“Having five years of medical school and two years of clinical experience under my belt also enabled me to assist in operations with confidence. During these procedures, I felt like a junior member of Starfleet travelling with senior officers to provide medical aid for remote worlds. That may be an exaggeration using some imagination… but that’s how cool it felt!”

Jeremy Chua (trainee intern) working on the Mobile Surgical Unit - Te Waka HauoraHis hands-on experience allowed him to participate in numerous operations and procedures in different medical specialities and this allowed him to grow his skillset. “I wanted to get to the point of being able to explain ‘how’ and ‘why’ some surgeries are performed. In the span of two weeks, I was able to do just that – for colonoscopies, inguinal hernias, endometriosis and dental procedures.” (Pictured left: Jeremy with Dr Graeme Millar, general surgeon who is suturing an inguinal hernia repair while Jeremy assists with cutting knot ends.) 

He found the anaesthetic experience was particularly valuable and was pleased to get exposure to dental treatment and observed everything from fillings to crowns and even had the opportunity to extract some teeth. “By watching and talking with the anaesthetic team, I discerned the principles of putting someone to sleep and how to keep them stable as they were down under. I was able to advance a core skill – inserting intravenous lines, not just on adults but on children as well, recognising how to account for smaller vessel sizes and younger skin. As we performed dental procedures on young children, I also gained an appreciation of the challenge of putting children to sleep; it is often a frightening experience for them, and hard on the parents as well. However, I was enthralled at the experience and gentle manner of the anaesthetic team in calming the children before their procedure. Their expertise made the experience much more manageable for both the patients and their parents.”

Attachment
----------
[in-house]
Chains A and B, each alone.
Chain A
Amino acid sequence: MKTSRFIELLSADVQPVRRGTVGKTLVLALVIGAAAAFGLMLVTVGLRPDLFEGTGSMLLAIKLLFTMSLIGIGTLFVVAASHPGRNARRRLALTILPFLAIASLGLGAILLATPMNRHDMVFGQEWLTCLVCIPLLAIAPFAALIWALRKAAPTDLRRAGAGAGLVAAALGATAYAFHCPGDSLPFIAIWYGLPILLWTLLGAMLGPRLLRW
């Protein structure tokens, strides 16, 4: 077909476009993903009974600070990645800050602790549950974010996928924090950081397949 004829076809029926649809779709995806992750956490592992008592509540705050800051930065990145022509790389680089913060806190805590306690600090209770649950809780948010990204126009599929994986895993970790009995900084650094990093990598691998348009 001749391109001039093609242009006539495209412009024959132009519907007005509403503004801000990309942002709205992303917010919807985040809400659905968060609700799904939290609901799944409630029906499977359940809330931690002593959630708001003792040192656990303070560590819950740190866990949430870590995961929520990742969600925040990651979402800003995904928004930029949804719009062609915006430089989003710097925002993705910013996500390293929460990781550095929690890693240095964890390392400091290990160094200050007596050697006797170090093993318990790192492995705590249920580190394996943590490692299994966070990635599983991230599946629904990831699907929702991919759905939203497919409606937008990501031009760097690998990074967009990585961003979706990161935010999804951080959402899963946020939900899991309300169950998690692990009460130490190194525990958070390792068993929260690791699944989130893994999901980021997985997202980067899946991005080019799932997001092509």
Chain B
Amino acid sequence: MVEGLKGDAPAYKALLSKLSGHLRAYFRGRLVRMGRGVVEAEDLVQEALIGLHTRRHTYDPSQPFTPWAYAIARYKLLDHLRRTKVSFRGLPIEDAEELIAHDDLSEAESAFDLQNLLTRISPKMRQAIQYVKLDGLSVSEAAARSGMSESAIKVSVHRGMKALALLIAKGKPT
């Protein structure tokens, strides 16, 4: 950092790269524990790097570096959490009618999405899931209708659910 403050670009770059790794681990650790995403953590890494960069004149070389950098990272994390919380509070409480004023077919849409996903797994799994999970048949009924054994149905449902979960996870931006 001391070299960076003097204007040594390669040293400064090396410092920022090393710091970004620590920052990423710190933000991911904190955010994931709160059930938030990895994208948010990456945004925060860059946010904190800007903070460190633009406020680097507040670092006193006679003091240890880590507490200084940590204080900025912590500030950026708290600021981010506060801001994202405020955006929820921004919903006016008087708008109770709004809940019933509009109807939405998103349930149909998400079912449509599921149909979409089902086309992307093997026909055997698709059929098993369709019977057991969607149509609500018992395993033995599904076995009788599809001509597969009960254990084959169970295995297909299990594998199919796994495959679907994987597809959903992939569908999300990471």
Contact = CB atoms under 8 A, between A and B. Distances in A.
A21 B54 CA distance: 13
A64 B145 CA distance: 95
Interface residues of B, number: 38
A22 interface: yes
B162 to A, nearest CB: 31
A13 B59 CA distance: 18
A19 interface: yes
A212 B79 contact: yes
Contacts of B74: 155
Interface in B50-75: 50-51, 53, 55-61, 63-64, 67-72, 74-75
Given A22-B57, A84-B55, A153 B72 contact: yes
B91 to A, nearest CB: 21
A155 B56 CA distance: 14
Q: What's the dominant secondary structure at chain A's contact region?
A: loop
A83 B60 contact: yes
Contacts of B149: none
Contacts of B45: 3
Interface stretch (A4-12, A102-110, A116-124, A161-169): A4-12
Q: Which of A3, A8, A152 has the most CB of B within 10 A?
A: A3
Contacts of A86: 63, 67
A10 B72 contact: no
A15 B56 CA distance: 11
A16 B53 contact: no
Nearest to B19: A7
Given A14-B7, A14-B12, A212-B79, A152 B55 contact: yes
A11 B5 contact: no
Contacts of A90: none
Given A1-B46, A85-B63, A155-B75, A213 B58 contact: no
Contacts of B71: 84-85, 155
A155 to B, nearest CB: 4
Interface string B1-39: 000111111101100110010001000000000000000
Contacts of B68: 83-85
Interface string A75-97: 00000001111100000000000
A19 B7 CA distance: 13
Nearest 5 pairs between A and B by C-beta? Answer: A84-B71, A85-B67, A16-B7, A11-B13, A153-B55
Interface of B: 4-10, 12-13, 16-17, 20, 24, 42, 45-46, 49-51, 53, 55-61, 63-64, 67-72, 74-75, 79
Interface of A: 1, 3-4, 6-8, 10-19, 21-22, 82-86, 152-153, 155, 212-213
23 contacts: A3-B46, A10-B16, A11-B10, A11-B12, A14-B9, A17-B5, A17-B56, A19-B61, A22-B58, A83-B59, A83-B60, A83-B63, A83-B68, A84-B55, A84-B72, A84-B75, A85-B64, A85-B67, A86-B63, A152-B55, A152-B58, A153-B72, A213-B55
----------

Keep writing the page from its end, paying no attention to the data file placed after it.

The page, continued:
He accounts time spent in theatre gaining experience beyond the waiting room, such as stitching wounds. “With the help of the surgeons, I had some guidance in closing small ‘key-hole’ surgery wounds as well as larger open wounds. It was very useful to get hands-on experience in my final year so that I’m well-equipped to stitch wounds in my first years as a junior doctor next year.”